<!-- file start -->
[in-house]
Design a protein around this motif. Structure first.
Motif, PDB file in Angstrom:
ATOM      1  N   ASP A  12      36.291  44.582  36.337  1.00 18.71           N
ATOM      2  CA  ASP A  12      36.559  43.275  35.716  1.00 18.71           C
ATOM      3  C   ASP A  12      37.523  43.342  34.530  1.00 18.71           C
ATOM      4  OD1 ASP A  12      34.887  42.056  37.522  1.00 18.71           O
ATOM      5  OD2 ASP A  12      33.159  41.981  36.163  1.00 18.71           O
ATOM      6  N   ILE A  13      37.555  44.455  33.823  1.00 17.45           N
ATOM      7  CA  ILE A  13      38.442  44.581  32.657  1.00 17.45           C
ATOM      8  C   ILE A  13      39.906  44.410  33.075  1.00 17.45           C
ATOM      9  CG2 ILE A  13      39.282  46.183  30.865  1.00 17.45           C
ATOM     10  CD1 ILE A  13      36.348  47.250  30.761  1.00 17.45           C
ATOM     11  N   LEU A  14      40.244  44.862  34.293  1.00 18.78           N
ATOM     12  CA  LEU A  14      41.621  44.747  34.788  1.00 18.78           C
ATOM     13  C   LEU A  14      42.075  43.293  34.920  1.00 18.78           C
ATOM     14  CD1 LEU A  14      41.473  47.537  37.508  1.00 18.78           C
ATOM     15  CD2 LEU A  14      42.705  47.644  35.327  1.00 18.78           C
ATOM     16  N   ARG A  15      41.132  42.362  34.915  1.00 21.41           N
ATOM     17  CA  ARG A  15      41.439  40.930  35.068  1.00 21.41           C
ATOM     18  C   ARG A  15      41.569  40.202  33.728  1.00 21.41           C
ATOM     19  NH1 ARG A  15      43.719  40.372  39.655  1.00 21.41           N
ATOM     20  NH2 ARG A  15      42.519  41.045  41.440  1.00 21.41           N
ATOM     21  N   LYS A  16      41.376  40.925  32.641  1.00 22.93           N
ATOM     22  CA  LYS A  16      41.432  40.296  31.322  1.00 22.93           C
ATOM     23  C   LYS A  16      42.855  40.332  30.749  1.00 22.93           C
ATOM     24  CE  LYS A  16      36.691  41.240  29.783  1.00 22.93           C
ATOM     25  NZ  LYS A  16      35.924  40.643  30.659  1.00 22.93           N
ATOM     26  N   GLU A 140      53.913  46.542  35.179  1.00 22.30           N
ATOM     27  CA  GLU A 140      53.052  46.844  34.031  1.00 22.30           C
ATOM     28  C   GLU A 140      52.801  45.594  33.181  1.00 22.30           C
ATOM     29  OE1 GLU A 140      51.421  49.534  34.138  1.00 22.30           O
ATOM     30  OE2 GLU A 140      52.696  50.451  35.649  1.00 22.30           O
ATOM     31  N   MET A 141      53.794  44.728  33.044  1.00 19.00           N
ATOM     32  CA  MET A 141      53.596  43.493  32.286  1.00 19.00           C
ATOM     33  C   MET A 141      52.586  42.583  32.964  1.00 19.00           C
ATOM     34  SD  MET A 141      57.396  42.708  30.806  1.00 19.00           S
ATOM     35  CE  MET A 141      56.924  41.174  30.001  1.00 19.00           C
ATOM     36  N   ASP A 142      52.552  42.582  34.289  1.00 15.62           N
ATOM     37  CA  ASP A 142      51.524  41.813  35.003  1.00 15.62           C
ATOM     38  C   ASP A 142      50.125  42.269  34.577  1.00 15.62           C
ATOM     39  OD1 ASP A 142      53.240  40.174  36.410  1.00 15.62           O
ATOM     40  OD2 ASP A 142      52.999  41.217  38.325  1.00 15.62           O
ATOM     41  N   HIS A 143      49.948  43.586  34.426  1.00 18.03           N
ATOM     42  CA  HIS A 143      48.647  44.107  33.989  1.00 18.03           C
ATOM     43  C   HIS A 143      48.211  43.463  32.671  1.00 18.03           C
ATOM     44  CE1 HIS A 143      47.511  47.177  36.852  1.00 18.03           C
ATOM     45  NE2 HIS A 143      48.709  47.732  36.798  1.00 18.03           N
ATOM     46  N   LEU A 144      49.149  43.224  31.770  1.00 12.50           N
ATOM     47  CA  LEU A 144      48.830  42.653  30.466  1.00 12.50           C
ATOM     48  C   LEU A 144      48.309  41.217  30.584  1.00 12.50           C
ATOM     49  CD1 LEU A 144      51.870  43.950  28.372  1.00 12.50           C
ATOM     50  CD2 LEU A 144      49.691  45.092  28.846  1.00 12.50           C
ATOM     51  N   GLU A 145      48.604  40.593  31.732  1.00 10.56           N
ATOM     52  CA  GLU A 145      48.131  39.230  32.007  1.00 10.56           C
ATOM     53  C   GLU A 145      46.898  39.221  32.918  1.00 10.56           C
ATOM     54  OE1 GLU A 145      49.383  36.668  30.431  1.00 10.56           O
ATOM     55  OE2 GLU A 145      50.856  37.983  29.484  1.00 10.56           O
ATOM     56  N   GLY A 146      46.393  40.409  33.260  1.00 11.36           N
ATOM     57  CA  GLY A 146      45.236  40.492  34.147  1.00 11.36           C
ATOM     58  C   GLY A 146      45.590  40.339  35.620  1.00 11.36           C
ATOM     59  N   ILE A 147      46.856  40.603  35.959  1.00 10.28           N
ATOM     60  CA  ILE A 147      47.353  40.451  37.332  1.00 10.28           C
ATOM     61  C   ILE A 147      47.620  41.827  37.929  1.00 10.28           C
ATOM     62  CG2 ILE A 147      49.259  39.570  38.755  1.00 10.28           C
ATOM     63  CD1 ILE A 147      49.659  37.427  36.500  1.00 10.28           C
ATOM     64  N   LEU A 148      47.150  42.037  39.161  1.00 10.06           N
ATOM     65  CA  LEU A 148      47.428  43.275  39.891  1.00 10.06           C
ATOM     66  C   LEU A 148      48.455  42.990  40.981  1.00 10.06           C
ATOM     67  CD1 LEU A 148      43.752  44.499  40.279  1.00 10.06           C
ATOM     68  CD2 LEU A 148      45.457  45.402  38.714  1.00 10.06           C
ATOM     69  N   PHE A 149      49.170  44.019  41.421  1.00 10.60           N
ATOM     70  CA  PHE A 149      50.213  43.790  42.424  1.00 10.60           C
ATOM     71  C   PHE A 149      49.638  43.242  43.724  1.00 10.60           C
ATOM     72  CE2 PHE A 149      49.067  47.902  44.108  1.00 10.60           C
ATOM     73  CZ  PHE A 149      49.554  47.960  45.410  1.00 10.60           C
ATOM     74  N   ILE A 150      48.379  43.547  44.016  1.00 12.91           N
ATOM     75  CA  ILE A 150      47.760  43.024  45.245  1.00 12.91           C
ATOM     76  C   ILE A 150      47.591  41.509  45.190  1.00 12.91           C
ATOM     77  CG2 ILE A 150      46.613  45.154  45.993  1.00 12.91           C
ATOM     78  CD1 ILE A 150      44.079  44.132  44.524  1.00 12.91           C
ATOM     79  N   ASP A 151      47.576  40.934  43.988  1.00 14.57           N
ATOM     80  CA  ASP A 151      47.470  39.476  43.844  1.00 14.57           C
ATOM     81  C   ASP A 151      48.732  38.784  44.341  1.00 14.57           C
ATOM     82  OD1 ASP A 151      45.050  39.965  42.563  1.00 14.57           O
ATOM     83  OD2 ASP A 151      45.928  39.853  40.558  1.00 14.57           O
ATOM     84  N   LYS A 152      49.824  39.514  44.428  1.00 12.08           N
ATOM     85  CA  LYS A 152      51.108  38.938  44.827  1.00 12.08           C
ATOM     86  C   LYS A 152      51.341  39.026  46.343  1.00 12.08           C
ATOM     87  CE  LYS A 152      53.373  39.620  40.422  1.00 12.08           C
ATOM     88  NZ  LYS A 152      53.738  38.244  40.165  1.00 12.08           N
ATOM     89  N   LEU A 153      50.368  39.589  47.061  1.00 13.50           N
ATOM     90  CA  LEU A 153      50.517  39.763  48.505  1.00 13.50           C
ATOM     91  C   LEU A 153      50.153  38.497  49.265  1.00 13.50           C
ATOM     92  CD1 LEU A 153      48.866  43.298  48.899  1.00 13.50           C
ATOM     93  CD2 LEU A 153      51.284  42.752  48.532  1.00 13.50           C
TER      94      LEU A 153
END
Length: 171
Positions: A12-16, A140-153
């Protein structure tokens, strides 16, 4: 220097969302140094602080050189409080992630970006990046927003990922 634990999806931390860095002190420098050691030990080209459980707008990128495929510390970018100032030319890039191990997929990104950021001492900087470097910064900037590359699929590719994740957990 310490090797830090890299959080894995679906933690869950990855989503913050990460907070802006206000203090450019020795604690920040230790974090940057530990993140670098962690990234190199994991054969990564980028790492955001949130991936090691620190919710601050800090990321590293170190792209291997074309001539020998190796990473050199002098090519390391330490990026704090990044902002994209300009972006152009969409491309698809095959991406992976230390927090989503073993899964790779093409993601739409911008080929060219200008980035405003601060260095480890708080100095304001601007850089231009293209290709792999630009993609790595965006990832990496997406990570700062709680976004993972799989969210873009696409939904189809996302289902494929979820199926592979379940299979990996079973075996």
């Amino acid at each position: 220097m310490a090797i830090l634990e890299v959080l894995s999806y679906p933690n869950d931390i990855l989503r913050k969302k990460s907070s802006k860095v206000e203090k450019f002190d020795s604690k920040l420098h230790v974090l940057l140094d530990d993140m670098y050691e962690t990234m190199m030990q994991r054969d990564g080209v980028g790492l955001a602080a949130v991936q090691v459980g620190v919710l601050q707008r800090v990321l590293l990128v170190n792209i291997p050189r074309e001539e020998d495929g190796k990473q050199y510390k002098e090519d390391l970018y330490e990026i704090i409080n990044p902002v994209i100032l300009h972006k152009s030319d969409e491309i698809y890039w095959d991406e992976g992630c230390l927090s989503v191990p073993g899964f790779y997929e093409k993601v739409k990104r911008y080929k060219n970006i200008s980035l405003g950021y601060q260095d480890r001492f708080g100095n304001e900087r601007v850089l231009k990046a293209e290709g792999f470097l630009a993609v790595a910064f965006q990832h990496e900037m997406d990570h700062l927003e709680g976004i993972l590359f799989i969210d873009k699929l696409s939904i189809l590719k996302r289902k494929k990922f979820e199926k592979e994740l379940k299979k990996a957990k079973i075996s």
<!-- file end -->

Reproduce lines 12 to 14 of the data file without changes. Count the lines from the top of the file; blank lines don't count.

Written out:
ATOM      9  CG2 ILE A  13      39.282  46.183  30.865  1.00 17.45           C
ATOM     10  CD1 ILE A  13      36.348  47.250  30.761  1.00 17.45           C
ATOM     11  N   LEU A  14      40.244  44.862  34.293  1.00 18.78           N